By Maria Saporta
It’s in the Atlanta air.
As the calendar nears Aug. 28, the anticipation is growing the 50th anniversary of the March on Washington — the day that Martin Luther King Jr. delivered his powerful “I Have A Dream” speech on the National Mall.
On Thursday, WXIA-TV invited key Atlanta dignitaries to preview a special documentary “50 Years of Change: Share the Journey” to showcase the march, the speech and other world-changing events that occurred in 1963.
“When we began to do the research, I was stunned at all the cataclysmic events that occurred in 1963, I don’t know how this country survived,” said WXIA anchor Brenda Wood, who narrates the documentary. “We were living in two different worlds. We knew that, but we were in denial. But in 1963, that world was broken open.”
The documentary interviews many of the living legends who were at the March on Washington, including Rev. Joseph Lowery, U.S. Sen. John Lewis and former Atlanta Mayor Shirley Franklin, who said that day she really felt she was truly one of God’s children.
The lunch also had its fair share of dignitaries — Rev. Lowery, U.S. Rep. Dave Scott, Clark-Atlanta President Carlton Brown, Ann Cramer, Atlanta City Councilman Aaron Watson, Kenny Leon of True Colors and Doug Shipman of the National Center for Civil and Human Rights.
Wood said that working on the documentary was a “transformative experience in my life.”
And what she realized that 1963 was a year that changed the nation. There were the well-publicized non-violent protests in Birmingham — including protesters being hit with high-pressure water out of fire hoses and being bitten by attack dogs – as they took to the streets t to call for integration.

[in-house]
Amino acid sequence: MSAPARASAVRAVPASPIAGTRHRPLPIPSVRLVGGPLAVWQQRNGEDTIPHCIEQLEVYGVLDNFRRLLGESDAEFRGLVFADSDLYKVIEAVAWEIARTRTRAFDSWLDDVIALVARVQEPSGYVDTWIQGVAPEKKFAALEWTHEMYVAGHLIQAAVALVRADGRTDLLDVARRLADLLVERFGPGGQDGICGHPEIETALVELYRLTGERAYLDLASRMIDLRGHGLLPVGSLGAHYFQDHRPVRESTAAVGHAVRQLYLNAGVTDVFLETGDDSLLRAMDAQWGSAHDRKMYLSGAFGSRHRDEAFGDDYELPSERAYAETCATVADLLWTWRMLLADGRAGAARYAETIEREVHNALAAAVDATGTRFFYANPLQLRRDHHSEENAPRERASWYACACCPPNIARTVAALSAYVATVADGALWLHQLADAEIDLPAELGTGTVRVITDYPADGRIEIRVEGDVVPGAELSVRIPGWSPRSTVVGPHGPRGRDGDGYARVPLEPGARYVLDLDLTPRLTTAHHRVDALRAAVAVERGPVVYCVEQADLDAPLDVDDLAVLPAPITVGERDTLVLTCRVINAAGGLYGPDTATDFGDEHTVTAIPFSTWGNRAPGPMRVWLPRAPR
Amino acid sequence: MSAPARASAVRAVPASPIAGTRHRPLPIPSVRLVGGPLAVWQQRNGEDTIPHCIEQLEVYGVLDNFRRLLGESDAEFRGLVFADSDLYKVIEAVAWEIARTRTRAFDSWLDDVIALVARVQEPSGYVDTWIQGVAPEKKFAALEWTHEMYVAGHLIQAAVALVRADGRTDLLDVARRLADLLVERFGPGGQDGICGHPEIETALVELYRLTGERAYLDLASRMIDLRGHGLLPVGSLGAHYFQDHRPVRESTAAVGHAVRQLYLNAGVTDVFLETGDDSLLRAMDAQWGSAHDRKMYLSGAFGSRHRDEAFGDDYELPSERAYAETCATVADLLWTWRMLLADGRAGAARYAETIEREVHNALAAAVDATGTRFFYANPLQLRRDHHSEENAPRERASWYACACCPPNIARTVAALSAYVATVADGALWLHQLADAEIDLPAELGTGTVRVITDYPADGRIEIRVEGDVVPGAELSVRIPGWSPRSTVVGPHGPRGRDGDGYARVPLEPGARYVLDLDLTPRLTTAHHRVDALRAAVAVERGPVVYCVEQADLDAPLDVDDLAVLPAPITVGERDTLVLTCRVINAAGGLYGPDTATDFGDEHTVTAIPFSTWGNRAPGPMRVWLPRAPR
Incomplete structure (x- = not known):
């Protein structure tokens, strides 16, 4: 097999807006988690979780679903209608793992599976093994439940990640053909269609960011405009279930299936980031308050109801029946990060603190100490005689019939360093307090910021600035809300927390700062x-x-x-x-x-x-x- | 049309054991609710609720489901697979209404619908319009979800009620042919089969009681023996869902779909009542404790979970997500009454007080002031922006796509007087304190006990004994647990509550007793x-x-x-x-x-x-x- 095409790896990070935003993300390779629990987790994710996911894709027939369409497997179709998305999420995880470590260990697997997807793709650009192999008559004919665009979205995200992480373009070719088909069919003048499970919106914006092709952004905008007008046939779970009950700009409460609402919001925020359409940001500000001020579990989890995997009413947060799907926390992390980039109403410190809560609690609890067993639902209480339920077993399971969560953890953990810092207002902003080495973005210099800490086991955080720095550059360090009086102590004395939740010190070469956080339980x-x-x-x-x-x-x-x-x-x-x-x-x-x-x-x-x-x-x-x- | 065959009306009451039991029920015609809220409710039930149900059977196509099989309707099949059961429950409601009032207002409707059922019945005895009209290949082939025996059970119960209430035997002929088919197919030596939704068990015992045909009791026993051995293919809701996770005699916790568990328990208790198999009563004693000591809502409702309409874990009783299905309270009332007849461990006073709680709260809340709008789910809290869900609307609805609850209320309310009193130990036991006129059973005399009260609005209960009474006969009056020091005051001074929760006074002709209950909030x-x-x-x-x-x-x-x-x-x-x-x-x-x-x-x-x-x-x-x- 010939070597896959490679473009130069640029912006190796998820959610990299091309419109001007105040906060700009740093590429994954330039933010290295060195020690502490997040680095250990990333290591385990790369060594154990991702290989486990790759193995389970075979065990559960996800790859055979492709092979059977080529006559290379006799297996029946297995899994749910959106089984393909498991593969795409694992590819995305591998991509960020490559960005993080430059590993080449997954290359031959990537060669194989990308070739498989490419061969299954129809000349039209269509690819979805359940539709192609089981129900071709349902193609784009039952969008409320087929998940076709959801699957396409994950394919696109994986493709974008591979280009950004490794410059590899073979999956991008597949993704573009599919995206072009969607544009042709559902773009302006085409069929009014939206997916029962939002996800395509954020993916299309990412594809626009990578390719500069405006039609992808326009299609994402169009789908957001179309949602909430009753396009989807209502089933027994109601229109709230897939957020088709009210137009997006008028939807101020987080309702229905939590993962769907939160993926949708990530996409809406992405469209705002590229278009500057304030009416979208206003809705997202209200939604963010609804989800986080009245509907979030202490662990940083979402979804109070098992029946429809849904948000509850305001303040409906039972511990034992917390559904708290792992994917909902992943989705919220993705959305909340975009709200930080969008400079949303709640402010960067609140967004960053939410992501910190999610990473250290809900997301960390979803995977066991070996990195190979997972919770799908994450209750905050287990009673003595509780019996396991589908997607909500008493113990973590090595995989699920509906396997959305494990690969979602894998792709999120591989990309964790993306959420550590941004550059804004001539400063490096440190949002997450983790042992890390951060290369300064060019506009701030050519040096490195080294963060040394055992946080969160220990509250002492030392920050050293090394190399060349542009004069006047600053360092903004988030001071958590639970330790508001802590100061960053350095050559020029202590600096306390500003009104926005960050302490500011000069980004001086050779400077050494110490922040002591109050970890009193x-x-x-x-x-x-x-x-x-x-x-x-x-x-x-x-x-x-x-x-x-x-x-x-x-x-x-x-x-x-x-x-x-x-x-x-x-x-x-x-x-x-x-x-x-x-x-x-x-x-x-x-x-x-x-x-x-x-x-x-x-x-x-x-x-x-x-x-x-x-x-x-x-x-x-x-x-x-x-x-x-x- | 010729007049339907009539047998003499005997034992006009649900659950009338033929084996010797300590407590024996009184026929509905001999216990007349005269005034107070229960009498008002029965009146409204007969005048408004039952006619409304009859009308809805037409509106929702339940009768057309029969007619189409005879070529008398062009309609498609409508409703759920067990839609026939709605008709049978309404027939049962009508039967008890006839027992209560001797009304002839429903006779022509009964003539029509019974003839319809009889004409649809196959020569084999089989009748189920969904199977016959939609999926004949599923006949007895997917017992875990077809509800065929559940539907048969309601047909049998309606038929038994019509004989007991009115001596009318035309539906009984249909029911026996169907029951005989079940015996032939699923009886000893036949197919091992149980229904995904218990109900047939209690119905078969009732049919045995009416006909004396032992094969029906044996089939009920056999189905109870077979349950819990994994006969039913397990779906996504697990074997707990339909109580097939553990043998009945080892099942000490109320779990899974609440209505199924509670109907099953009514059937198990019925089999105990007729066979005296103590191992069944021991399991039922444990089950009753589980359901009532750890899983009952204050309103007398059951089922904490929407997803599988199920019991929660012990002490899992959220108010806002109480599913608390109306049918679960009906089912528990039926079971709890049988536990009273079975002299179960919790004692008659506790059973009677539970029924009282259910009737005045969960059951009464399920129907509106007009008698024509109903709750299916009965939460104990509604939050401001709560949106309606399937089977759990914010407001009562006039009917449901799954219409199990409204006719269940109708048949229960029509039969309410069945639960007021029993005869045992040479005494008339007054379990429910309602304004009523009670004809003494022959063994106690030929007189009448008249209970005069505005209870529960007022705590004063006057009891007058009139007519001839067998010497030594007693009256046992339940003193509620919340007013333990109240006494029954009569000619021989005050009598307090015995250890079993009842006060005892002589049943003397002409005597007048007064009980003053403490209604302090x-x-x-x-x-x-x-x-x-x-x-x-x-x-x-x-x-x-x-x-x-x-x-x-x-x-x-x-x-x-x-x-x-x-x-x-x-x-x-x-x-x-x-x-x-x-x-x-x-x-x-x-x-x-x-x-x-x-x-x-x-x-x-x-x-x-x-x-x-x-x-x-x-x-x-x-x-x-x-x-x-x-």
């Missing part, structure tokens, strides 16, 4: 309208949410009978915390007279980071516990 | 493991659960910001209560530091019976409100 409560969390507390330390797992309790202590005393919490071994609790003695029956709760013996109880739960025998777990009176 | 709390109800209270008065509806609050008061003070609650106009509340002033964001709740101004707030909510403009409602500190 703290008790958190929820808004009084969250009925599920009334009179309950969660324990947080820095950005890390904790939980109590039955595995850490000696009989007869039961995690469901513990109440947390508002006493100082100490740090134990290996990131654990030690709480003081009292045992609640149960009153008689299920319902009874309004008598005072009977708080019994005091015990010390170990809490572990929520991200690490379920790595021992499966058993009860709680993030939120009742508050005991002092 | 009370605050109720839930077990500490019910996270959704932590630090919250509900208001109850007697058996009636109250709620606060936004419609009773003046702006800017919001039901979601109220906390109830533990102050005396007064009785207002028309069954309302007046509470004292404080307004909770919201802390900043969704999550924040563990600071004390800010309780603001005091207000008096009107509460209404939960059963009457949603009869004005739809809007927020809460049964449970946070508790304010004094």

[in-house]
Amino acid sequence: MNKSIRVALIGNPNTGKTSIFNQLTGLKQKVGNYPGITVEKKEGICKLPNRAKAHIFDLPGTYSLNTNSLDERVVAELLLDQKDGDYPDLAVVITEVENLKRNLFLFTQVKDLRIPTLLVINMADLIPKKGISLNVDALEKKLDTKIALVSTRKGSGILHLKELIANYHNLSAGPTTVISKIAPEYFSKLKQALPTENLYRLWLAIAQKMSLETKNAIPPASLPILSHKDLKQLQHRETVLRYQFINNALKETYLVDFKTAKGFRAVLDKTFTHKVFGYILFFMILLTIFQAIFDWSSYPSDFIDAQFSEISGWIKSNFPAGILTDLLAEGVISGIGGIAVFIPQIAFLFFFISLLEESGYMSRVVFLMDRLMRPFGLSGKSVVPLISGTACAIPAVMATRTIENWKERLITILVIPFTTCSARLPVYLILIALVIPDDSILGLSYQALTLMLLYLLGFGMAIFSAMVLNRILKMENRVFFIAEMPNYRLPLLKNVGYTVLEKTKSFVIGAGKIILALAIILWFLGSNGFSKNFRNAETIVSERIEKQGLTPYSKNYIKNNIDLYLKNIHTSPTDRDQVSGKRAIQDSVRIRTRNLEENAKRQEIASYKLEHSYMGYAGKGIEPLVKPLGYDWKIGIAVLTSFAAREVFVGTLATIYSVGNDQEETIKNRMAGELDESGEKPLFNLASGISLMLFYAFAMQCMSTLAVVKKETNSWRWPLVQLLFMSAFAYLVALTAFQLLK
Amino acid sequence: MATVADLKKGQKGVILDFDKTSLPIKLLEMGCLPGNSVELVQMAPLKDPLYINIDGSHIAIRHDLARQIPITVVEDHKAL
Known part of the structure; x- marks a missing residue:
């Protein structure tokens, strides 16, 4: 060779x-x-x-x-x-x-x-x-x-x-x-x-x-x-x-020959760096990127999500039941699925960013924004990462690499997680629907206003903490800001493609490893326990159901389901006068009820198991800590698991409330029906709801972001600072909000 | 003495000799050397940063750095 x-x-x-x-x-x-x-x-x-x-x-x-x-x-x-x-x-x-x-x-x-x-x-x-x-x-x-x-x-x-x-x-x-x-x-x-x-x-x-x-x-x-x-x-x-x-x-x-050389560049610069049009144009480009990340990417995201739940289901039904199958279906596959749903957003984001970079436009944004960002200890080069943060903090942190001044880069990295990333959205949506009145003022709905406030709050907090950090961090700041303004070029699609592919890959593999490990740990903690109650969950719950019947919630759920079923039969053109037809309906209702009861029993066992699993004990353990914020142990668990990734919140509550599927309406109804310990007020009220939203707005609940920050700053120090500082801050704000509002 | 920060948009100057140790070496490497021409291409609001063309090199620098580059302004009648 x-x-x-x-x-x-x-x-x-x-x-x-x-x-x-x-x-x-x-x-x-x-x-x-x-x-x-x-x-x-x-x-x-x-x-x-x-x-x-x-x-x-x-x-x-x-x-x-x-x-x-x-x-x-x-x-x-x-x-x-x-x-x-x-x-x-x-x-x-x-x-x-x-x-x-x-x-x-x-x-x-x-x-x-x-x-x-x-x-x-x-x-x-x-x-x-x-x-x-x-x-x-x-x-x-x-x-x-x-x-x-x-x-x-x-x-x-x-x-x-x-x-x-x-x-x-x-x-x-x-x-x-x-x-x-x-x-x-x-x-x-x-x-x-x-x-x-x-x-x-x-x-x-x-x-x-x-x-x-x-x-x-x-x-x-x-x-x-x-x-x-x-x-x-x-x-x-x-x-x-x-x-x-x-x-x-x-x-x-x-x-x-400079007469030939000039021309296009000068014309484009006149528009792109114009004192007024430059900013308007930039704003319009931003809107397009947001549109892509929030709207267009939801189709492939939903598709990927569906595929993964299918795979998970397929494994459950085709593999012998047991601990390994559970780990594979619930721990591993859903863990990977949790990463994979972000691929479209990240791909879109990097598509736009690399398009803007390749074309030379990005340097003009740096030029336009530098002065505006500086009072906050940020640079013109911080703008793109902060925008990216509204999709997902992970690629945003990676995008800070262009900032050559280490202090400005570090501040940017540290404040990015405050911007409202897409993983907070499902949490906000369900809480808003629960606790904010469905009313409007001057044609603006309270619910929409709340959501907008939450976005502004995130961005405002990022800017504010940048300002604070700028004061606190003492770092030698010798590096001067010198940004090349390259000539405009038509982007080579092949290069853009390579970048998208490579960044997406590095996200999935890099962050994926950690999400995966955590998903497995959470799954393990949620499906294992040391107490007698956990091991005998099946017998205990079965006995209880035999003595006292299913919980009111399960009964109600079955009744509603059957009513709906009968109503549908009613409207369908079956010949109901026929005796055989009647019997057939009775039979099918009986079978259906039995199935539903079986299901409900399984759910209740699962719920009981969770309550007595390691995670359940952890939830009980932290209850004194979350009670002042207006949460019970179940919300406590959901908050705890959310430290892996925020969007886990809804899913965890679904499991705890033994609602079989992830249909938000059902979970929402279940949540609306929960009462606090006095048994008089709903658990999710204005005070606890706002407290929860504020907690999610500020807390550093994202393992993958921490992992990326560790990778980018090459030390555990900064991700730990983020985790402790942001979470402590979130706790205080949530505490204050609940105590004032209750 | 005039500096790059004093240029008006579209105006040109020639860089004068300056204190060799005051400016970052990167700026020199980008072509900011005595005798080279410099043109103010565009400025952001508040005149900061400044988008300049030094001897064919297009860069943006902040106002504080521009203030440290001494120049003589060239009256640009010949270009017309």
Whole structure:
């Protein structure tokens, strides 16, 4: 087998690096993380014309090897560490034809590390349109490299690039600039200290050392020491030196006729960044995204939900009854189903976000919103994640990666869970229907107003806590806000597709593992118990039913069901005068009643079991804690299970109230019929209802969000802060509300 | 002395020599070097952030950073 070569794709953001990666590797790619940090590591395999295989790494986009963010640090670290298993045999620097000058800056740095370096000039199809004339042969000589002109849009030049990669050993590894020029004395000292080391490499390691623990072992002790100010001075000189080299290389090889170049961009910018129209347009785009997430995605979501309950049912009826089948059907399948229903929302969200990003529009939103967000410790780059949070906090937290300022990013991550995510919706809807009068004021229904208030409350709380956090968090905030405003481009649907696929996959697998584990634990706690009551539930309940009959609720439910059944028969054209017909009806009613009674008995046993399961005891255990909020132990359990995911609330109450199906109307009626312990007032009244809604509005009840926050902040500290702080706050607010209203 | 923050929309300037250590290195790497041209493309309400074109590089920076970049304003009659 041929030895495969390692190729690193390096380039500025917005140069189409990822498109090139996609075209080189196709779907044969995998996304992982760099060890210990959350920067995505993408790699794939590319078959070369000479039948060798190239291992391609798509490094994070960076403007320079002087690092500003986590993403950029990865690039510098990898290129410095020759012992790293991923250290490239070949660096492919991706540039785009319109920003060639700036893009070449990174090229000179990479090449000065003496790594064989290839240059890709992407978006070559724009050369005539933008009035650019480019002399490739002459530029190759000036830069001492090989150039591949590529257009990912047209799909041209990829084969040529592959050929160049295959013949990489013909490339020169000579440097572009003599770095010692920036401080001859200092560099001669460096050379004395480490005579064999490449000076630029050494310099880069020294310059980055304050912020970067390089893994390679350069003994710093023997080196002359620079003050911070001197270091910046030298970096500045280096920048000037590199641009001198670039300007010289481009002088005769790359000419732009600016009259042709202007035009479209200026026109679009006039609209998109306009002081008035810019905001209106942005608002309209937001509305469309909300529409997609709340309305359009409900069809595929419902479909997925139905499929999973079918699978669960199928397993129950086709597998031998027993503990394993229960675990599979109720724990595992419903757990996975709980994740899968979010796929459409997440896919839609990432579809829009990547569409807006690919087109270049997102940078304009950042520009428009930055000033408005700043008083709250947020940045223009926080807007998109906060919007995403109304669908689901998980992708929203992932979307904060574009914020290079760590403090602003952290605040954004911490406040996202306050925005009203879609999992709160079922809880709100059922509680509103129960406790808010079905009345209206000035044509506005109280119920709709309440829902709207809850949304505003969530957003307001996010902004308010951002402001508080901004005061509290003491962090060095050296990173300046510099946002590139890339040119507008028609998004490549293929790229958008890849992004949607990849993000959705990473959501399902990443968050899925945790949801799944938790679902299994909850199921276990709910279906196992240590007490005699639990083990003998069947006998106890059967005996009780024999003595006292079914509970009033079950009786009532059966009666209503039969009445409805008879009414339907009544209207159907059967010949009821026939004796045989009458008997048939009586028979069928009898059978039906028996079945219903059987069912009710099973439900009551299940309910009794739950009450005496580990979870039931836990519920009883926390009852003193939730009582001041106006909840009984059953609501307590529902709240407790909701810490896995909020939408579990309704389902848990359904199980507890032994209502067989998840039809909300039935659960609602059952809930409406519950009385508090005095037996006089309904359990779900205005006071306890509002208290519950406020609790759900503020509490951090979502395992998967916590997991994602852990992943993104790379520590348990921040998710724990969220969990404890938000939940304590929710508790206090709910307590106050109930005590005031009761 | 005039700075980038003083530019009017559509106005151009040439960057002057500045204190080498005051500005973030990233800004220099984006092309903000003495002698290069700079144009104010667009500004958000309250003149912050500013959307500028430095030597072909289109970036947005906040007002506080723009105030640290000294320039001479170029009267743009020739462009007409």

The March on Washington for Jobs and Freedom on Aug. 28, 1963 was a real high point when more than 200,000 people filled the streets and the mall.
But that was followed with tragedy. On Sept. 15, 1963, four girls were killed when a bomb went off at the 16th Street Baptist Church in Birmingham.
And then, on Nov. 22 of that same year, President John Kennedy was assassinated — when the Civil Rights movement lost a major ally and the country lost a beloved leader. Yet Kennedy’s assassination helped lead to Civil Rights Act in 1964 and the Voting Rights Act in 1965.
During the documentary, Rev. Lowery put the passage of time in perspective: “Everything has changed; and nothing has changed.”
Brenda Wood introduced the executive producer of the documentary — Jeffery Reid, who had been with CNN and had produced the Black in America series.
Also Wood and John Deushane, president and general manager of WXIA, urged everyone at the to “Share the Journey” by letting their friends and colleagues know to watch the documentary at 10 p.m. on Aug. 28.
The last portion of the documentary focused on where we go from here. Bernice King, the youngest child of Martin Luther King Jr. and Coretta Scott King, quoted her late mother by saying: “Struggle is a never ending process. Freedom is never really won, you earn it and win it in every generation.”
WXIA is working with the state school system to have a shorter version of the documentary be made available to schools throughout the state along with a work book so students can have it count towards their graduation requirements.
And that way the teachings that King shared with the world 50 years ago can continue to be shared with many generations to come.